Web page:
From my perspective, the interesting aspect of all this is trying to break things down and explain the process: what is a blockchain, what is a smart contract, what is a Turing Complete language like Solidity, how do these get used, etc. While potentially complicated, I have found most people can understand the basics. From that basic model, it’s then possible to explore some specific issues, whether it is for crypto-currency, smart contracts, NFTs, or any other uses that people keep finding for blockchain.

I expect that as the interest in NFTs continues to expand, I’ll have more opportunities to put my skills to good use, explaining how these technologies work and applying that to the legal cases that continue to arise around them.


Improving Patent Family Value

As an inventor, one of the things I did not appreciate is how to maximize the value of a patent family. I suspect that one reason for this is that the attorney with whom I did much of my work focused on drafting the patent and nursing it through the prosecution process (note: “prosecution” in this use means “getting it through the patent process” not “enforce it.”)

Since that time, I have worked with litigators and patent brokers. Litigators taught me that patent owners could use one trick to “keep the patent prosecution alive,” which means that the patent owner continues to submit new claims against the original specification. From a litigation perspective, the patent owner can file new claims using the original specification and, if successful, have a patent that can then be enforced against potential infringers. Brokers taught me that the value of a patent is much higher if a potential buyer can file new claims on the original specification because it makes the patent family far more valuable in potential litigation.

Multiple patents against the same specification share a common priority date and a common expiration date. Usually, multiple patents against the same specification are considered a “family” of patents.

One good example of this is a well-known patent owned by Leland Stanford Jr. University (most people call it “Stanford,” though.) This is US Patent 6,285,999. It is a seminal patent because it provides the original description (“teaching” in patent parlance) of ranking web pages based upon how many other web pages are referenced. The algorithm is commonly used in my area of computer science (“systems”) and is referred to as PageRank. In addition, PageRank is well known enough that it has its own Wikipedia page.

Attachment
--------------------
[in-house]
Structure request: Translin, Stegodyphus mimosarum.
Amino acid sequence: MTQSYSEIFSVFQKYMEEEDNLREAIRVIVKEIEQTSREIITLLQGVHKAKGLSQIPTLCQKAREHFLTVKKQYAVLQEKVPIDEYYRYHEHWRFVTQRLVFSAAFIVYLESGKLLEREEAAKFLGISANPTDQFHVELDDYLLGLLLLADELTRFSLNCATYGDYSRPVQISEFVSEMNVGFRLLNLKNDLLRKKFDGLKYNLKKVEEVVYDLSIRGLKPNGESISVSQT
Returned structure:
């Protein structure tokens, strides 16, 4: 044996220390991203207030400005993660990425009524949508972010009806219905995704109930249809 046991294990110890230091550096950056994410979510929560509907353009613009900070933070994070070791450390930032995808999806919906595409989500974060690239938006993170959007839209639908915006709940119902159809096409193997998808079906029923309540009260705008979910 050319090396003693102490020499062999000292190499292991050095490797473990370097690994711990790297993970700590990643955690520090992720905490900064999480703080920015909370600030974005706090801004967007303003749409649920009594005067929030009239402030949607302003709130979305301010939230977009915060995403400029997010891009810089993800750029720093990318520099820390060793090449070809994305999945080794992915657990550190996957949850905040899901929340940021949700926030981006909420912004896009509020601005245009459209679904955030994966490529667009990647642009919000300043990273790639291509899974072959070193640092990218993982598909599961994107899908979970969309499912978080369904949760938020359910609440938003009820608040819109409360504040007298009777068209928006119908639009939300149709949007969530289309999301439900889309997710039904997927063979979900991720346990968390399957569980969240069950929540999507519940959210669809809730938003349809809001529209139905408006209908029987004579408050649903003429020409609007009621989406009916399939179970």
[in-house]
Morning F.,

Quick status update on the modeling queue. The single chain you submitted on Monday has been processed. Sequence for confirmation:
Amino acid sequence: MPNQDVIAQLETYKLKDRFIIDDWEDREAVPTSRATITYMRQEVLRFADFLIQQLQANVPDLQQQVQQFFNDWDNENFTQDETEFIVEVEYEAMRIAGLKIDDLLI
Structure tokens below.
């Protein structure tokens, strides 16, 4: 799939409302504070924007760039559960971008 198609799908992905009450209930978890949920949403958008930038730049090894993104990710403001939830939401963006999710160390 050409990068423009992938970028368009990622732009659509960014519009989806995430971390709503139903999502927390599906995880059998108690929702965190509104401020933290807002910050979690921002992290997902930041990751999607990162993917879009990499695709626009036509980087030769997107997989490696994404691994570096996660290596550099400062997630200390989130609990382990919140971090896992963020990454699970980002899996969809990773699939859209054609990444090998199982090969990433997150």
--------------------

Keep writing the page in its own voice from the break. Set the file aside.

On January 10, 1997, the original specification was filed as provisional application US3520597P. Thus, this is the “priority date” of the subsequent patent applications because they are all based upon the same common specification.

If you review the history of this patent, the first actual application was filed on January 9, 1998, the last day the provisional application was valid (that period of validity was one year; as far as I know, it still is.) The patent (6,285,999) was granted on September 4, 2001. The “Notice of Allowance” from the patent office was issued on April 23, 2001. The patent issue fee was paid on July 11, 2001. The second application was filed on July 2, 2001.

Because the second application was filed before the patent was issued, it “continued” the application process against the original specification. This process was repeated ten additional times. Thus, 12 different applications were filed against the same specification. The most recent application was awarded a patent on May 13, 2014 (8,725,726).

If there is no active continuation application on file with the USPTO when a patent issues, that specification is complete. Therefore, it is now part of the “prior art,” and no future patent claims can be inferred from that original specification.

Bottom line? Suppose you want to maximize the profit potential of your patents (as an inventor). In that case, it is good to keep an application open as it allows you (or a subsequent owner of the patent) to file an additional application focused on specific claims that can then be used to protect your invention.

I realize some people may not be familiar with Pagerank. However, this algorithm is the basis of the technology that launched Google. Larry Page, the inventor, was a graduate student at Stanford at the time. Thus, this is likely one of the most valuable patents ever granted.



Much of my work relates to meta-data. That is, “data about data.” For example, the name, size, and creation date of a given file is a form of meta-data. One of the areas of computer technology I have been working in for decades is storage, particularly the part of storage that converts physical storage (local or remote) into logical storage.

Usually, we call the software that converts physical storage into logical storage a file system. One significant benefit of using file systems is that they provide a (mostly) uniform model for accessing “unstructured data” (files).